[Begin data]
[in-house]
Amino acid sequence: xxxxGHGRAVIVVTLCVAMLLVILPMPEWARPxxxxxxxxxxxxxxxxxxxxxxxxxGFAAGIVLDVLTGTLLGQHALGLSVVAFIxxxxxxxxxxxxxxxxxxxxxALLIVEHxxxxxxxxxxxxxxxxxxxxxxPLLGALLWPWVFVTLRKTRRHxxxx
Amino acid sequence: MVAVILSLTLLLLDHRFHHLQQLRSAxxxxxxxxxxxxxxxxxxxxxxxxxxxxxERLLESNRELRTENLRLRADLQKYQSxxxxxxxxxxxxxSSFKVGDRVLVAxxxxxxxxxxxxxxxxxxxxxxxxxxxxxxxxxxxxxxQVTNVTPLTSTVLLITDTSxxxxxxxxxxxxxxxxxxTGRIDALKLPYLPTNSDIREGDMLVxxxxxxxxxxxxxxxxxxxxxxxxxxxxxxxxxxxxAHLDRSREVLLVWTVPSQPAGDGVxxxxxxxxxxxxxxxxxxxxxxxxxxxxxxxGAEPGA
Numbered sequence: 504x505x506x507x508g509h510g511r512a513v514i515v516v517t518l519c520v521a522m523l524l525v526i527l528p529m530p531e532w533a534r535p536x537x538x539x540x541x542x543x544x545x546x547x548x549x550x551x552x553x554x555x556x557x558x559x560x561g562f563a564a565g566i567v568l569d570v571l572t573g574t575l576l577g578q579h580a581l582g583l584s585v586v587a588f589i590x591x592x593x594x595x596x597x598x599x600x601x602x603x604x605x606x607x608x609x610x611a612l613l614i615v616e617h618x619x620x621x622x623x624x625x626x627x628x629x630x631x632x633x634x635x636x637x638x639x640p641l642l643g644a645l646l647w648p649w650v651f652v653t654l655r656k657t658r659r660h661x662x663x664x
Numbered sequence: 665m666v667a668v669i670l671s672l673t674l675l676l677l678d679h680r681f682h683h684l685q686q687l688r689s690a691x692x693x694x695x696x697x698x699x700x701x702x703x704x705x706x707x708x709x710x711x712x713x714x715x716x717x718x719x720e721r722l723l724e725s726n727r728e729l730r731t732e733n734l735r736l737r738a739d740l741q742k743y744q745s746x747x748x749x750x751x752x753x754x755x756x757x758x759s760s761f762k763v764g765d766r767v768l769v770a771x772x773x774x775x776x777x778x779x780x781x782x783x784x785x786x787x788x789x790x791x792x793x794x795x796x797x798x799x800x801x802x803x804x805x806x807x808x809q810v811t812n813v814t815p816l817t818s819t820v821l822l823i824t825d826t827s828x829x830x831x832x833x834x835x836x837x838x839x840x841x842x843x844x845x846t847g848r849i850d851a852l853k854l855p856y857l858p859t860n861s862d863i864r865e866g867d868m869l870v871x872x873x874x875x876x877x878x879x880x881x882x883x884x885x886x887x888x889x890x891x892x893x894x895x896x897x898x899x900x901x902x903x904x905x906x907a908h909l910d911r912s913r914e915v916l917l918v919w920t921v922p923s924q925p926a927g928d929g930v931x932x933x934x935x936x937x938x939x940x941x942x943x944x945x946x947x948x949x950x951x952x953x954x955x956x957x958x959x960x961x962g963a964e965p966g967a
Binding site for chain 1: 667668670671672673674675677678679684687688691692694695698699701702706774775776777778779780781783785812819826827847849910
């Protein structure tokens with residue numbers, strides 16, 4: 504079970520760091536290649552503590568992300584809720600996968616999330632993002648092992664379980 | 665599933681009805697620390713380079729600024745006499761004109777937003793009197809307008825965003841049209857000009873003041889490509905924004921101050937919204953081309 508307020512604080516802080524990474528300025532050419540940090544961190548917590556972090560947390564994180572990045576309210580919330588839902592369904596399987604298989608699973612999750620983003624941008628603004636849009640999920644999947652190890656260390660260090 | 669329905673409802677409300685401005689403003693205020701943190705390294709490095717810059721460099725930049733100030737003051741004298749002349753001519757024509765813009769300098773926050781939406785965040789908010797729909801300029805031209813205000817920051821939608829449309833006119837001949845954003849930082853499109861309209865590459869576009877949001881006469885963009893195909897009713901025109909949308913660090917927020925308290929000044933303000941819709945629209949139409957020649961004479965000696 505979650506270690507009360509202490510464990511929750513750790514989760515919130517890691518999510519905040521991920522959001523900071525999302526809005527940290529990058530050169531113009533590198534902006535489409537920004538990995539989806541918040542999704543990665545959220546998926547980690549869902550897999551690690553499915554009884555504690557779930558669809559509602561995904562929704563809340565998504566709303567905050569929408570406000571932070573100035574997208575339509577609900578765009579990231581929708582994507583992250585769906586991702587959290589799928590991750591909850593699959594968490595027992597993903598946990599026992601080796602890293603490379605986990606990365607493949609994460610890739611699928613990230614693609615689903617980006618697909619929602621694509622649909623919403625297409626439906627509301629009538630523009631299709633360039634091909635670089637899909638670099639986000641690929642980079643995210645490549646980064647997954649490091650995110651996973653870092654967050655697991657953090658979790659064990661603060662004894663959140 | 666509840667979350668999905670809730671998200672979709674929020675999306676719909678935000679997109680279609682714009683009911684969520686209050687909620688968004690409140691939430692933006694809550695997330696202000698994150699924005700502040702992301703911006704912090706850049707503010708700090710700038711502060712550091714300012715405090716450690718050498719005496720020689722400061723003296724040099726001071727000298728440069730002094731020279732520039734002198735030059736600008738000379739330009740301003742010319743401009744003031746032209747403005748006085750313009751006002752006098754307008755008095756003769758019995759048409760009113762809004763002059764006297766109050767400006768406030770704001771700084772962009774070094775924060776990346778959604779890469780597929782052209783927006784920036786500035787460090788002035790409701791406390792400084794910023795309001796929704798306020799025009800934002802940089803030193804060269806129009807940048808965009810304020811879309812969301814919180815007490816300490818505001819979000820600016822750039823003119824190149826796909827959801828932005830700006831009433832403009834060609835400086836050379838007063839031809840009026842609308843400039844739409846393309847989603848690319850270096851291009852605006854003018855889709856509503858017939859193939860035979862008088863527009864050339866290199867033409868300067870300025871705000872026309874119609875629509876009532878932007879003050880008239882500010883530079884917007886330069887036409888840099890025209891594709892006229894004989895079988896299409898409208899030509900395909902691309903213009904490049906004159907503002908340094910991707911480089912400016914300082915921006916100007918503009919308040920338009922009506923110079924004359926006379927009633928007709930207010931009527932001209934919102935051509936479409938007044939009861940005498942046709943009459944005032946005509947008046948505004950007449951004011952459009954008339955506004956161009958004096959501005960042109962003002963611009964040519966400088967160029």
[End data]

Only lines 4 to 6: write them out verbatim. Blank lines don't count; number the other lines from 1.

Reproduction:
Numbered sequence: 504x505x506x507x508g509h510g511r512a513v514i515v516v517t518l519c520v521a522m523l524l525v526i527l528p529m530p531e532w533a534r535p536x537x538x539x540x541x542x543x544x545x546x547x548x549x550x551x552x553x554x555x556x557x558x559x560x561g562f563a564a565g566i567v568l569d570v571l572t573g574t575l576l577g578q579h580a581l582g583l584s585v586v587a588f589i590x591x592x593x594x595x596x597x598x599x600x601x602x603x604x605x606x607x608x609x610x611a612l613l614i615v616e617h618x619x620x621x622x623x624x625x626x627x628x629x630x631x632x633x634x635x636x637x638x639x640p641l642l643g644a645l646l647w648p649w650v651f652v653t654l655r656k657t658r659r660h661x662x663x664x
Numbered sequence: 665m666v667a668v669i670l671s672l673t674l675l676l677l678d679h680r681f682h683h684l685q686q687l688r689s690a691x692x693x694x695x696x697x698x699x700x701x702x703x704x705x706x707x708x709x710x711x712x713x714x715x716x717x718x719x720e721r722l723l724e725s726n727r728e729l730r731t732e733n734l735r736l737r738a739d740l741q742k743y744q745s746x747x748x749x750x751x752x753x754x755x756x757x758x759s760s761f762k763v764g765d766r767v768l769v770a771x772x773x774x775x776x777x778x779x780x781x782x783x784x785x786x787x788x789x790x791x792x793x794x795x796x797x798x799x800x801x802x803x804x805x806x807x808x809q810v811t812n813v814t815p816l817t818s819t820v821l822l823i824t825d826t827s828x829x830x831x832x833x834x835x836x837x838x839x840x841x842x843x844x845x846t847g848r849i850d851a852l853k854l855p856y857l858p859t860n861s862d863i864r865e866g867d868m869l870v871x872x873x874x875x876x877x878x879x880x881x882x883x884x885x886x887x888x889x890x891x892x893x894x895x896x897x898x899x900x901x902x903x904x905x906x907a908h909l910d911r912s913r914e915v916l917l918v919w920t921v922p923s924q925p926a927g928d929g930v931x932x933x934x935x936x937x938x939x940x941x942x943x944x945x946x947x948x949x950x951x952x953x954x955x956x957x958x959x960x961x962g963a964e965p966g967a
Binding site for chain 1: 667668670671672673674675677678679684687688691692694695698699701702706774775776777778779780781783785812819826827847849910